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With high-priced free-agent starters struggling, Colon and Mikolas providing great value

As free-agent starting pitching additions like Yu Darvish, Lance Lynn, and Alex Cobb struggle, Bartolo Colon and Miles Mikolas are thriving.

MLB: Texas Rangers at Seattle Mariners Photo by Joe Nicholson-USA TODAY Sports

Be honest — were you tired of the Bartolo Colon show after last season?

If you were, it’s totally understandable. At the age of 44, the rotund right-hander posted a 8.14 ERA and a 1.78 WHIP over 13 starts with the Braves, got DFA’d in late June, then signed with the Twins and posted an only slightly less embarrassing 5.18 ERA and 1.44 WHIP over 15 starts. Though Colon had made two All-Star teams after the age of 40 and succeeded for years without elite fastball velocity, it looked like the magic might have run out for “Big Sexy.”

He predictably struggled to find a job over the winter, and with talented starters like Jake Arrieta, Yu Darvish, Lance Lynn, and Alex Cobb still on the market in early February, his prospects of sticking in the majors didn’t look great. And yet, with the Rangers looking to collect all the starting pitching depth they could muster, Colon signed a minor-league deal with Texas on February 4. He was by no means guaranteed a spot on the Rangers’ big-league club, but with Martin Perez skipping his first start and Colon enjoying a relatively successful spring training, he earned a starting spot.

The soon-to-be 45-year-old hasn’t looked back. To this point, he’s been arguably the best free-agent starting pitching addition in the major leagues, and certainly the best in the American League. Over nine outings (including two long-relief appearances), he’s posted a 2.82 ERA and a 0.84 WHIP that ranks third among qualifying MLB starters. While he’s struck out only 32 hitters in 51 innings — significantly less than his peers atop the MLB pitching leaderboards — he’s only walked four, giving him the lowest walk rate of any qualifier. Colon can earn quite a bit in innings-based incentives, but the Rangers are getting absolutely spectacular value for the $1.75 million base salary they’re paying him this season. If he keeps this up, maybe he’ll even bring back some long-term value at the trade deadline for a retooling Texas club.

It’s crazy to think how good Colon has been at his age. He didn’t make his major-league debut until he was nearly 24 years old, and yet he already had 11 big-league starts under his belt by the time 20-year-old Braves starter Mike Soroka was born on August 4, 1997. Vladimir Guerrero Jr., the son of his two-time former teammate, is arguably the top prospect in baseball and is nearing his major-league debut, and Colon has pitched against father-son duos such as Cecil and Prince Fielder, Eric Young and Eric Young Jr., and Clay and Cody Bellinger. Colon pitched against nine current major-league managers while they were active players, as well as six more former big-league skippers. And somehow, even when he’s the oldest starting pitcher in the majors by seven years, he continues to get it done.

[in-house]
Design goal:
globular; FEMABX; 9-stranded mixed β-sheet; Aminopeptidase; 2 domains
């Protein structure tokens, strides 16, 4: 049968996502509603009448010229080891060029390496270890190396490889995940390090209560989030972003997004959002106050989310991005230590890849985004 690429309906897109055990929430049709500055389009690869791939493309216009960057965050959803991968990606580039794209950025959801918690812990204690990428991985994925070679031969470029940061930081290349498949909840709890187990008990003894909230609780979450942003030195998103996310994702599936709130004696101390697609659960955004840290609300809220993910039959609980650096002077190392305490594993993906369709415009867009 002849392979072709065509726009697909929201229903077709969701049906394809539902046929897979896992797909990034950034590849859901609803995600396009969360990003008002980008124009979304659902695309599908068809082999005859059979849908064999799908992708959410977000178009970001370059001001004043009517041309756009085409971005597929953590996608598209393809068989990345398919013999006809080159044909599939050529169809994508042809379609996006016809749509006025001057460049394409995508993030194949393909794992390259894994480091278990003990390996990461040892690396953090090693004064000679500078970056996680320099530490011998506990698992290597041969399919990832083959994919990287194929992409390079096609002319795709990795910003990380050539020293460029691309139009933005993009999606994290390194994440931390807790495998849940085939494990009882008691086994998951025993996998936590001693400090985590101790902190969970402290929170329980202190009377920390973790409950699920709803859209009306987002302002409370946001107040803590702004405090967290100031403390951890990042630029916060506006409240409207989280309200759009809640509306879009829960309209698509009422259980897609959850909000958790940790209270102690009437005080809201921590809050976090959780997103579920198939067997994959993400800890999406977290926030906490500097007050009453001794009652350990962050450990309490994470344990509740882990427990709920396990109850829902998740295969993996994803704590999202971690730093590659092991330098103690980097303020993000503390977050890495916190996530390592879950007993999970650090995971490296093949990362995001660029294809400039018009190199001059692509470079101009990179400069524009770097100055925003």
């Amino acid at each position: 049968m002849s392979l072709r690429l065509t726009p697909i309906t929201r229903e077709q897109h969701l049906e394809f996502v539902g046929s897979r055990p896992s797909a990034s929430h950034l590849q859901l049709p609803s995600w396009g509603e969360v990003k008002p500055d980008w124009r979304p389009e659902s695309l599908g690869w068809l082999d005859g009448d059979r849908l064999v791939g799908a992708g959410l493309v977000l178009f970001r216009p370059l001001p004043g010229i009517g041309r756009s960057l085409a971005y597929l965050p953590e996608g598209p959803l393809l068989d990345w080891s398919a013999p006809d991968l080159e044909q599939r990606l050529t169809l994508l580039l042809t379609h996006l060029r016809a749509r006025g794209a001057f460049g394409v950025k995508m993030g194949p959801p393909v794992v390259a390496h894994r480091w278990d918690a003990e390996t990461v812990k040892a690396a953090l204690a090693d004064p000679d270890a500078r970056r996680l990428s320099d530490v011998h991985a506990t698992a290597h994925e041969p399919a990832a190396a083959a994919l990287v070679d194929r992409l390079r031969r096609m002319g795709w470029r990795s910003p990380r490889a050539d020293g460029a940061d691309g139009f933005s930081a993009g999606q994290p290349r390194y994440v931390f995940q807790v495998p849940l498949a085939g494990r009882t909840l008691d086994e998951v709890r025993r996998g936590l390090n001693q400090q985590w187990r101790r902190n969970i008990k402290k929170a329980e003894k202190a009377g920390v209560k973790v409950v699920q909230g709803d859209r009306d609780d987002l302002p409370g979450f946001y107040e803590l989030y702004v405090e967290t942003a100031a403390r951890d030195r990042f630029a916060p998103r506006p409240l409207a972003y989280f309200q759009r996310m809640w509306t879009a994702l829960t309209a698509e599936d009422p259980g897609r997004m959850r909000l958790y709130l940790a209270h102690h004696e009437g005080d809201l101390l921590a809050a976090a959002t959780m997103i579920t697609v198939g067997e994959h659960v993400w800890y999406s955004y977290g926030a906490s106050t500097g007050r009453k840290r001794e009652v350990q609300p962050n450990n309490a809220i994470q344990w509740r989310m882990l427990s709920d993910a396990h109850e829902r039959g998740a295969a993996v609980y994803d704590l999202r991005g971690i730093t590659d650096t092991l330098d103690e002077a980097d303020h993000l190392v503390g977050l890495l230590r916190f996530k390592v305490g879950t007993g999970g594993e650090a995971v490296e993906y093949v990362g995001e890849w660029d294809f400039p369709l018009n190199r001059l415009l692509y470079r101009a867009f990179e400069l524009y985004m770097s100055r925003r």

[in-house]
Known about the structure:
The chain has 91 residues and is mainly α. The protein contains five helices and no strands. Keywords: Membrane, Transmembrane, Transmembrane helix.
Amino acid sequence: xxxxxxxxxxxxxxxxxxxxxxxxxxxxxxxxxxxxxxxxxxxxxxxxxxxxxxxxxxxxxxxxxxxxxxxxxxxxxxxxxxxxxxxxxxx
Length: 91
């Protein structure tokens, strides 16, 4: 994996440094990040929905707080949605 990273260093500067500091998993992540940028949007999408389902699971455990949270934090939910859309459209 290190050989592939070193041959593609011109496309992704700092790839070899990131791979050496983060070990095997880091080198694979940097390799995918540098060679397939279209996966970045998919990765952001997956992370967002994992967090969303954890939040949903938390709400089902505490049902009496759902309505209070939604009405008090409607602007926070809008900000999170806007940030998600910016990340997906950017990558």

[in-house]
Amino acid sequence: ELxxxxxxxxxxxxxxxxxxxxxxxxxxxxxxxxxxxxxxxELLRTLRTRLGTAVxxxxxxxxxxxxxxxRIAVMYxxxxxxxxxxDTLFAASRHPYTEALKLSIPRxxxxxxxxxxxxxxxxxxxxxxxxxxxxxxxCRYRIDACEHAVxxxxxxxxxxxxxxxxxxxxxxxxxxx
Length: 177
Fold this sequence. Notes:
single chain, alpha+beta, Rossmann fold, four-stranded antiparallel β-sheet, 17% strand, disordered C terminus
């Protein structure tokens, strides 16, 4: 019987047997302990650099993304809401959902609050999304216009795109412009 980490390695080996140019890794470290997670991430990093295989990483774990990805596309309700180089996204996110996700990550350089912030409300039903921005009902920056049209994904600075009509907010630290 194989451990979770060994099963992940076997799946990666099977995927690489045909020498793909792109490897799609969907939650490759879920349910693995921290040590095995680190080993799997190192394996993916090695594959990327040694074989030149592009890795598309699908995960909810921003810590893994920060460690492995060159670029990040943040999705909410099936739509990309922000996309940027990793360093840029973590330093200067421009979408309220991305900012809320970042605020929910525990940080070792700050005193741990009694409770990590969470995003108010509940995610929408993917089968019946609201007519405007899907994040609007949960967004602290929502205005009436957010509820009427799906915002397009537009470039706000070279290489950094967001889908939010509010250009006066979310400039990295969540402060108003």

Over in the senior circuit, an equally surprising pitcher has been the best free-agent starting addition in the league through the season’s first eight weeks. Miles Mikolas turned heads at the Winter Meetings back in December when he earned a two-year, $15.5-million contract from the Cardinals. While that’s an extremely affordable contract for a good starting pitcher, Mikolas hadn’t by any means proven that he could be one at the major-league level; over 37 appearances (10 starts) for the Padres and Rangers between 2012-14, the 29-year-old had thrown for a disappointing 5.32 ERA and 1.42 WHIP. After heading to Japan, Mikolas posted a dominant 2.18 ERA and 0.99 WHIP over 62 starts from 2015-17, but success overseas doesn’t guarantee success in the majors, and after Mikolas struggled during the early part of spring training, there was definitely reason for skepticism.